The report shows that the average company that improves its cultural innovation by just a .5 standard deviation of improvement is huge – a 17 percent increase in sales – $314,000 for each sales representative.

In a zero-sum game environment, the implication for under-performing companies is dour. Sales will go down every time a competitor achieves higher sales performance.

The study is ongoing and will take into account other variables, such as product differentiation.

“This will help us understand what, if any, changes we need to make in our analysis before submission of our work to an academic peer-reviewed journal for publication consideration,” explains Dr. Chressanthis.

For example, the study’s results have salient repercussions in the biopharma sector. In particular, he referred to companies looking for merger opportunities because they’re worried about their expiring patents.

Such companies should be investigating their target companies for evidence of a strong culture for a healthy merger ROI.

What if such a jewel is found? “What you don’t want to do is disturb that,” advises the professor.


“A commercially successful pharmaceutical industry is crucial to society for the future development of new drugs to address unmet medical needs,” wrote the authors.

“This research demonstrated the importance of executives being concerned not only about the level and placement of resource investments, but also in formulating a strategic vision that creates and fosters cultural organizational attributes necessary to sustain peak business performance,” they concluded.

And that’s true for any sector in business.

From the Coach’s Corner, editor’s picks for strategies to fix your culture and sales issues:

6 Steps to Implement a Cultural Change for Profits — If your company is lacking in teamwork, morale is poor and profits are weak, chances are you need to change your organization’s culture. Be forewarned, changing a culture is a monumental chore because it will take strategic planning and super powers of persuasion. Usually, it necessitates an outside participant to assess your culture and to facilitate the changes.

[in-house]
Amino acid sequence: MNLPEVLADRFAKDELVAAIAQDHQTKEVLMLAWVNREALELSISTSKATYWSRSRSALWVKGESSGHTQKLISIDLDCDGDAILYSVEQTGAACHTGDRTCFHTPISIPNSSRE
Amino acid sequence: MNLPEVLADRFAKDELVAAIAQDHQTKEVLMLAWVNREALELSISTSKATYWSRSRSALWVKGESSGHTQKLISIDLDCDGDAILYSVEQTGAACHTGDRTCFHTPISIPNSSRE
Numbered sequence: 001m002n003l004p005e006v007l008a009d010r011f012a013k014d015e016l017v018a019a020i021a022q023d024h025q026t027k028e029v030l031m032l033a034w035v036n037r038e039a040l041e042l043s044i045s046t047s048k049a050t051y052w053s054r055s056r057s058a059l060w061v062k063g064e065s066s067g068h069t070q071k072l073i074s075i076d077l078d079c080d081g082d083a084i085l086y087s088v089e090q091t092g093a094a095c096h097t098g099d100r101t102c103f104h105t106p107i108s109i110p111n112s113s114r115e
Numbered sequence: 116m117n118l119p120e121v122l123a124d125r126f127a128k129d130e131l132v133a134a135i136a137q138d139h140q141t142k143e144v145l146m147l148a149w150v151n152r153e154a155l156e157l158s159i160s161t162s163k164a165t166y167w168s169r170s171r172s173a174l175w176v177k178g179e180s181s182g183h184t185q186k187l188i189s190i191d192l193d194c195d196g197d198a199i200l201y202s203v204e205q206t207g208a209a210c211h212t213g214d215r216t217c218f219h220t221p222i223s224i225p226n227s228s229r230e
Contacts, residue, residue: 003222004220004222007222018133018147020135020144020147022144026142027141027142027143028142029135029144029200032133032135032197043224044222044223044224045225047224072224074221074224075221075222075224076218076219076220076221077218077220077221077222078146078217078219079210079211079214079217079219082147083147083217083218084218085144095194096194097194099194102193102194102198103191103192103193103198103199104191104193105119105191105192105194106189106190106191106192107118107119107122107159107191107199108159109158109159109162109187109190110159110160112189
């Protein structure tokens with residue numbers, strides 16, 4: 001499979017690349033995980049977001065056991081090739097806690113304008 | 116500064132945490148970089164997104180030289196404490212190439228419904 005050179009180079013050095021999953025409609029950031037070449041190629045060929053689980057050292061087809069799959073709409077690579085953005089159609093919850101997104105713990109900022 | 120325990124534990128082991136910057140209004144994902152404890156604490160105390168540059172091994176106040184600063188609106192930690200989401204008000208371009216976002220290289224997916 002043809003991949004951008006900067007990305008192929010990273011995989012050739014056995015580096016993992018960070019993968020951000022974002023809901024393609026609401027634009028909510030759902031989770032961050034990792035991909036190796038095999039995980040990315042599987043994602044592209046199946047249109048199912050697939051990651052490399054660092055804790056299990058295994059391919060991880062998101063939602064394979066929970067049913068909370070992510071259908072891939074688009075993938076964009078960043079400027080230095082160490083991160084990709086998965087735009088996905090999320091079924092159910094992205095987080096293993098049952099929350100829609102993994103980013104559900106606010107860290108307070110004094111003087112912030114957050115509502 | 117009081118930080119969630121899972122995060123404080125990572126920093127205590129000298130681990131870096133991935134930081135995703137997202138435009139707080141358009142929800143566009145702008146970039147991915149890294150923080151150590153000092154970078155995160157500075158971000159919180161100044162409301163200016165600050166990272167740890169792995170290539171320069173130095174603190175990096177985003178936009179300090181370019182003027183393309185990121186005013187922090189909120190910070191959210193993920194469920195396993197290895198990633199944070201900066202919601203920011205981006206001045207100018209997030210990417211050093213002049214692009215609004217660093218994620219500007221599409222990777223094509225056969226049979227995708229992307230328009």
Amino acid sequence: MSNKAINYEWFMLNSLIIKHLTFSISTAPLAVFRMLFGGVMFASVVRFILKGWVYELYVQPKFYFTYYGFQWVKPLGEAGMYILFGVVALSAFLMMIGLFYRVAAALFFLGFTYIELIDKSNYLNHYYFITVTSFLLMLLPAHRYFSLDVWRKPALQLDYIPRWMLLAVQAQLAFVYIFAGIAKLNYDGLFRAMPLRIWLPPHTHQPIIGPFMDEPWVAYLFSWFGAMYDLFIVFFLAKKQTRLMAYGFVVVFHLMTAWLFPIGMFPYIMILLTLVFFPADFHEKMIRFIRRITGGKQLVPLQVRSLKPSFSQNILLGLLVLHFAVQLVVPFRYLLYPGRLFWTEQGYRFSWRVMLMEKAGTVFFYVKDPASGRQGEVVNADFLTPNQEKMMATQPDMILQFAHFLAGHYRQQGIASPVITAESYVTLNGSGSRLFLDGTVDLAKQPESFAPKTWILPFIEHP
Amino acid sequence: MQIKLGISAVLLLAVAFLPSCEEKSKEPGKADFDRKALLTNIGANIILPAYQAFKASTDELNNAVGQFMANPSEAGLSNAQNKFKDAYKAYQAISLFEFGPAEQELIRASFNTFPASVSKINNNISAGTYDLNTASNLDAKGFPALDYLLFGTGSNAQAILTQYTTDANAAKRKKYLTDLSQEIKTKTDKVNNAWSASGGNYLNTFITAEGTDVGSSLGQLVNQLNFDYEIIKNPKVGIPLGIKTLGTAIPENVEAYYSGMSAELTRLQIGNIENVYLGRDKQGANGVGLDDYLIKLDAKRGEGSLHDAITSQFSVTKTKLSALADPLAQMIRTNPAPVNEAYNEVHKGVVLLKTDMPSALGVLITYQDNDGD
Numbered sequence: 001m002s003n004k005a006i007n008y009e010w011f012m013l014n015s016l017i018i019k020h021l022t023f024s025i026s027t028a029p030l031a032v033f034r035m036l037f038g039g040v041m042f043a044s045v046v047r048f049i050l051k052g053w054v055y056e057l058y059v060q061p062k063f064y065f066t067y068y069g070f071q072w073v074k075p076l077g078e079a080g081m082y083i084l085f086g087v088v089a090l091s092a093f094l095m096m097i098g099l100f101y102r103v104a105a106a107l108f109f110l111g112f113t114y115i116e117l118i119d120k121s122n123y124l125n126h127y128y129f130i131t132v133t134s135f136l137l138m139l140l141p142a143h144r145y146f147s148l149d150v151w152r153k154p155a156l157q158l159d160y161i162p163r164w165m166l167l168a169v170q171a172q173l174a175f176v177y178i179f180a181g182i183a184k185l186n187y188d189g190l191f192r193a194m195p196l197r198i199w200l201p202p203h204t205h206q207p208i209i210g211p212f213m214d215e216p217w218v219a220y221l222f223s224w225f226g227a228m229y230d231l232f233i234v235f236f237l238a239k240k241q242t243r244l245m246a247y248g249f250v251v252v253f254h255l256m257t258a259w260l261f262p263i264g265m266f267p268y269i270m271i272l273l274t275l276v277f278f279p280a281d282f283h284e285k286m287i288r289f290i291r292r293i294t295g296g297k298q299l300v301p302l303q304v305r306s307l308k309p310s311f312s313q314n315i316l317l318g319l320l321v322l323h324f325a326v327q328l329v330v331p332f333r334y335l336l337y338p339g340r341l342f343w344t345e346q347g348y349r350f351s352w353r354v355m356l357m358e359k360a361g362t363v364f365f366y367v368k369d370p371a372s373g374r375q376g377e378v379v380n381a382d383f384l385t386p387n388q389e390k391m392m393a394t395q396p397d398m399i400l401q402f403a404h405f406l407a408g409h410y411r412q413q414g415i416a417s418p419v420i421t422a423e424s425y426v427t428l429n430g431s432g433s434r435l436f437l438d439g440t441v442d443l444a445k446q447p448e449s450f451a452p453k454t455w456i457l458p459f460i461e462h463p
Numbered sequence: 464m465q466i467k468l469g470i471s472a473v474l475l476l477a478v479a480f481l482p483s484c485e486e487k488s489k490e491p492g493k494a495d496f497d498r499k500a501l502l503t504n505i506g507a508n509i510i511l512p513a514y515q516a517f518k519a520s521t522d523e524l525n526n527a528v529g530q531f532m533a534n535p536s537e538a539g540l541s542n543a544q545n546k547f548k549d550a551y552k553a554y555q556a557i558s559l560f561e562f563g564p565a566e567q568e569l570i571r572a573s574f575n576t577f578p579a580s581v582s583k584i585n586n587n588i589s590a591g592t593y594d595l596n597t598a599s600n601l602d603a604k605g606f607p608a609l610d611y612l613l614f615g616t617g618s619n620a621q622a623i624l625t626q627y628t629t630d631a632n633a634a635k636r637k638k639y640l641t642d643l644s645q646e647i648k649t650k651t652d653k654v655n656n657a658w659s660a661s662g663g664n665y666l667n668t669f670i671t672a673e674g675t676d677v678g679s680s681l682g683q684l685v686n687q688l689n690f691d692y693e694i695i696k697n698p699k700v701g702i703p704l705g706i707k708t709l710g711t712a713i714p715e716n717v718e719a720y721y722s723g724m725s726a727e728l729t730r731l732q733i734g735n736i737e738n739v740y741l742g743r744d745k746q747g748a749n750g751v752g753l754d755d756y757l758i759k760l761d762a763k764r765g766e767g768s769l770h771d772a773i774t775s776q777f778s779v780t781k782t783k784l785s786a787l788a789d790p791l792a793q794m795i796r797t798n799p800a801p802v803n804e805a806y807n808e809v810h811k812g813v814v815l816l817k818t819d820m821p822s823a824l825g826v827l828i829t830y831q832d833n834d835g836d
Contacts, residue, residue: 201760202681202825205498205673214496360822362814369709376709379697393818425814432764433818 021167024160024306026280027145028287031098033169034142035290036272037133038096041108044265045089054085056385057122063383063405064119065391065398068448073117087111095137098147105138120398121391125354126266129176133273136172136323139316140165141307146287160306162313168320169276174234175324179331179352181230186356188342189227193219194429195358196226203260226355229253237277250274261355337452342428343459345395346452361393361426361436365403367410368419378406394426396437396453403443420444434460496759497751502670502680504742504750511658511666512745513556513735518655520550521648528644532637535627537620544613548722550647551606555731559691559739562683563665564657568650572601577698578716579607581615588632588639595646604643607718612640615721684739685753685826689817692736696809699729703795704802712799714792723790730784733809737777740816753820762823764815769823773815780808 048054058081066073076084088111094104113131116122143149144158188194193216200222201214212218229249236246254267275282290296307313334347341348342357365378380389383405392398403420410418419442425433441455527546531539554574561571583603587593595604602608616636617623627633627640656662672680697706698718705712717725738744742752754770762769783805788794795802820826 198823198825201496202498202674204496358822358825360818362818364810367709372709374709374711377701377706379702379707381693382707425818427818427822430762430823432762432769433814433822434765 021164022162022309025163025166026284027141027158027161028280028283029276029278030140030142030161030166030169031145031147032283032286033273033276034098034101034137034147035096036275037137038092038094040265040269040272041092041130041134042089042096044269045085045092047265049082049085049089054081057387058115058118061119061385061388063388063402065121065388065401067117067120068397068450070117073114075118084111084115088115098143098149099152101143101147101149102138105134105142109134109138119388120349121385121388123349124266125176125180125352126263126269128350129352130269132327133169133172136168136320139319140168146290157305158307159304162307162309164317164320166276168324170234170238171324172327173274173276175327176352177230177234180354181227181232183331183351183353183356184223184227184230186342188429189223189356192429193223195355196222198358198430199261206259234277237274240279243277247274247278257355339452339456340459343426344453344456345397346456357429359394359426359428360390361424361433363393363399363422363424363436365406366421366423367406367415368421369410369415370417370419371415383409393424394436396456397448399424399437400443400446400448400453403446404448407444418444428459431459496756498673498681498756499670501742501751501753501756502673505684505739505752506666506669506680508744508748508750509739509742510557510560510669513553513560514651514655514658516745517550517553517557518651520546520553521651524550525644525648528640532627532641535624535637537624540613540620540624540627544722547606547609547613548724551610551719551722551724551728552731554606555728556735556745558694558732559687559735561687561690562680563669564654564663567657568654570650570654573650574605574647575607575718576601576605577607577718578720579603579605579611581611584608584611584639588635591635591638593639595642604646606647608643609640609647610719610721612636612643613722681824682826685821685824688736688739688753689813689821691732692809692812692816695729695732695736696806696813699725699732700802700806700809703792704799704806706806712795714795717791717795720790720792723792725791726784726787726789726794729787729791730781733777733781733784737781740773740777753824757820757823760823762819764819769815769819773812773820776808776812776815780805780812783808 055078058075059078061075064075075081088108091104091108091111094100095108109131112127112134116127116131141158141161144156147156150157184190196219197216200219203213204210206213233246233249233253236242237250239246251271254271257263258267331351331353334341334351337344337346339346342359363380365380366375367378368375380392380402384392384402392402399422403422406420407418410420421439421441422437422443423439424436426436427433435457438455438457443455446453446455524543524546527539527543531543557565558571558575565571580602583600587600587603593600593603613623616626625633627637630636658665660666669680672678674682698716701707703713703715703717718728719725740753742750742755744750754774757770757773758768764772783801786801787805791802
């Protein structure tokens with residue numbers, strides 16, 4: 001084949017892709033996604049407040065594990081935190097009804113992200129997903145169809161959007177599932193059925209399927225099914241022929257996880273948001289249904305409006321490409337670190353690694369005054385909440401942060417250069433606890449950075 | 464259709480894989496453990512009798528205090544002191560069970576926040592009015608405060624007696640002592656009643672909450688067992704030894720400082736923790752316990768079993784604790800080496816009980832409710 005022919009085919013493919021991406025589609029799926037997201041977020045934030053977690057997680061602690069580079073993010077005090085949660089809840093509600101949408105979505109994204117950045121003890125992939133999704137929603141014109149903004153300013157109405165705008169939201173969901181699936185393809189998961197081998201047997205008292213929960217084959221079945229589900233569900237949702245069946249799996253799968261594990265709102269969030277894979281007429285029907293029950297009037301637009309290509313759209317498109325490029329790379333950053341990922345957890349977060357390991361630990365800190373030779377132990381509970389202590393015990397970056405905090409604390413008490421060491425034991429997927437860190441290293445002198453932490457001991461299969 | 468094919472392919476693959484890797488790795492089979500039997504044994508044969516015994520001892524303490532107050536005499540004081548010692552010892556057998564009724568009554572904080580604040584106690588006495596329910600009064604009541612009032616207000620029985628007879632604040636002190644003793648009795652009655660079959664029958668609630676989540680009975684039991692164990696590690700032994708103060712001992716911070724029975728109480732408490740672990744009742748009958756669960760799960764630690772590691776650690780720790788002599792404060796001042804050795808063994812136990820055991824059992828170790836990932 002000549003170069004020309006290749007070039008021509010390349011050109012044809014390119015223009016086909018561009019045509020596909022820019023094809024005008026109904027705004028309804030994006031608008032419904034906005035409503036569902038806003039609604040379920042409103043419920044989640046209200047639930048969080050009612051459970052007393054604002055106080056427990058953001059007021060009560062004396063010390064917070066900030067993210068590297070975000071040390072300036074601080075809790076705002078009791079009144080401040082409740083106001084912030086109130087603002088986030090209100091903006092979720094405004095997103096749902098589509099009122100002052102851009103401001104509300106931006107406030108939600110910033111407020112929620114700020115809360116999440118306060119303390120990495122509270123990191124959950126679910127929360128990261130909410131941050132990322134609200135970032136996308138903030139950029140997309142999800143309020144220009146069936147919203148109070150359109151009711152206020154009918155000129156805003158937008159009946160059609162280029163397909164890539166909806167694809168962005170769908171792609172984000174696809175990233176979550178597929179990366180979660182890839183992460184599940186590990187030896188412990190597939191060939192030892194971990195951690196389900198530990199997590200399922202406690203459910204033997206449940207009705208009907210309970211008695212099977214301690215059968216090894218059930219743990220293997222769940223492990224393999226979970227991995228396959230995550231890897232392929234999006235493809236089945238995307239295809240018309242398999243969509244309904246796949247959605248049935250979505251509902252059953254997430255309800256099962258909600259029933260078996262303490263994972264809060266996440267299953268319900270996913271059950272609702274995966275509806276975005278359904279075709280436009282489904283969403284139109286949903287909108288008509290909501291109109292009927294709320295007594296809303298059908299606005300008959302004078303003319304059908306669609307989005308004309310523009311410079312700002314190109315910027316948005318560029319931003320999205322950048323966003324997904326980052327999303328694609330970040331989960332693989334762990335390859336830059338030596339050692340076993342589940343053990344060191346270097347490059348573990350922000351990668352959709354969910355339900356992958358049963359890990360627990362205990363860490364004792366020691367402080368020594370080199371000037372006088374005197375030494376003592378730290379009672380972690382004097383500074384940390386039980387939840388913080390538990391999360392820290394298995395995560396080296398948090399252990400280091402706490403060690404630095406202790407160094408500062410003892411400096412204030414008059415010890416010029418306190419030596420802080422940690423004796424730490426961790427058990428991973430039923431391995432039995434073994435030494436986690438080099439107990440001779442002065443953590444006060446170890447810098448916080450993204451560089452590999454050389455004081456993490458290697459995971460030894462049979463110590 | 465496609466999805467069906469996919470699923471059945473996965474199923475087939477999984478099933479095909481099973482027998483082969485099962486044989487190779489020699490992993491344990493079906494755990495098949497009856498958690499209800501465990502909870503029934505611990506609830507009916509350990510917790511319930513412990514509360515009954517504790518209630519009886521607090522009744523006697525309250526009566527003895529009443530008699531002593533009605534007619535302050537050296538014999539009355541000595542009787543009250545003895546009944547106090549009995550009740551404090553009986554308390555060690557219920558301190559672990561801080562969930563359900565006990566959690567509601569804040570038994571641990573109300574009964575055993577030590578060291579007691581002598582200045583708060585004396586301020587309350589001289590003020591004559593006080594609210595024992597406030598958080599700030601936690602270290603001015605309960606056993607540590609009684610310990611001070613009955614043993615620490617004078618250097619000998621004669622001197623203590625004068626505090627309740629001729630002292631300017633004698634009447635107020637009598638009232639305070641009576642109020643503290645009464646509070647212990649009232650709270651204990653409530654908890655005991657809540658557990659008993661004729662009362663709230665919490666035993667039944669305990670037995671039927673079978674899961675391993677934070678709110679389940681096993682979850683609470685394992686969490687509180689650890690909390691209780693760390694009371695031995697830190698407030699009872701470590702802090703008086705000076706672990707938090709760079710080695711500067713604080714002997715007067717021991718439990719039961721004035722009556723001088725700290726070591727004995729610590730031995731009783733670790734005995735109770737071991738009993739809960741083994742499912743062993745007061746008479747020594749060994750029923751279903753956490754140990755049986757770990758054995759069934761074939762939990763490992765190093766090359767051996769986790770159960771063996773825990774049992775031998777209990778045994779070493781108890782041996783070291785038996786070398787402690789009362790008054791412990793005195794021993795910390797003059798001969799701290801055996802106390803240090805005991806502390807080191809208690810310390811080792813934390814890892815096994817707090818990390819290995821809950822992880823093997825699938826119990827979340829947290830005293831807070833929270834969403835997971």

6 Rules to Keep Your Pipeline Full for Continuous Sales — It doesn’t matter what type of business you have. Even if your sales are great today, there will come a time when sales will crawl to a halt unless you take precautionary measures to keep your sales pipeline full. Yep, that’s right. Never take sales for granted — when it comes to sales keep on truckin’. Never stop marketing. Take good care of your customers, but make marketing your top priority — every day — to prevent a roller coaster ride of profit and loss.

6 Tips to Create New Sales with Successful Cold Calling — For most businesspeople in a lackluster economy, it’s important to create new opportunities with successful cold calling. Yes, it’s necessary to concentrate more efforts to create new sales. Attending mere networking events or depending on a high marketing budget aren’t sufficient for strong sales. OK, cold calling isn’t always easy, but you must if you want to dramatically increase sales in double-digit percentages. Develop and implement the right strategies. You’ll be in the all-important groove for a happy buying environment.

Four Tips to Motivate Employees When You’re Facing Adversity — Effective bosses have antennas to alert them over looming challenges. If they don’t have such an antenna, it’s important for them to develop one for multiple credibility reasons. Even the bosses of small companies can suffer from image problems externally and internally. Either one or both will adversely affect profits.

Overcoming Obstacles for Business Turnaround — 13 Steps — For a successful turnaround of financially troubled businesses, there are usually two obstacles to overcome. They include the ego of the business owner or CEO, and poor advice by the lawyers. It’s difficult for a business owner or CEO to accept the need for a turnaround specialist. Most often, they’re in denial about the company’s prospects or they don’t believe an outside participant can come to their rescue with restructuring services. An ethical turnaround specialist will do the right thing.

“If your culture doesn’t like geeks, you are in real trouble.”
-Bill Gates


Author Terry Corbell has written innumerable online business-enhancement articles, and is a business-performance consultant and profit professional. Click here to see his management services. For a complimentary chat about your business situation or to schedule him as a speaker, consultant or author, please contact Terry.

Seattle business consultant Terry Corbell provides high-performance management services and strategies.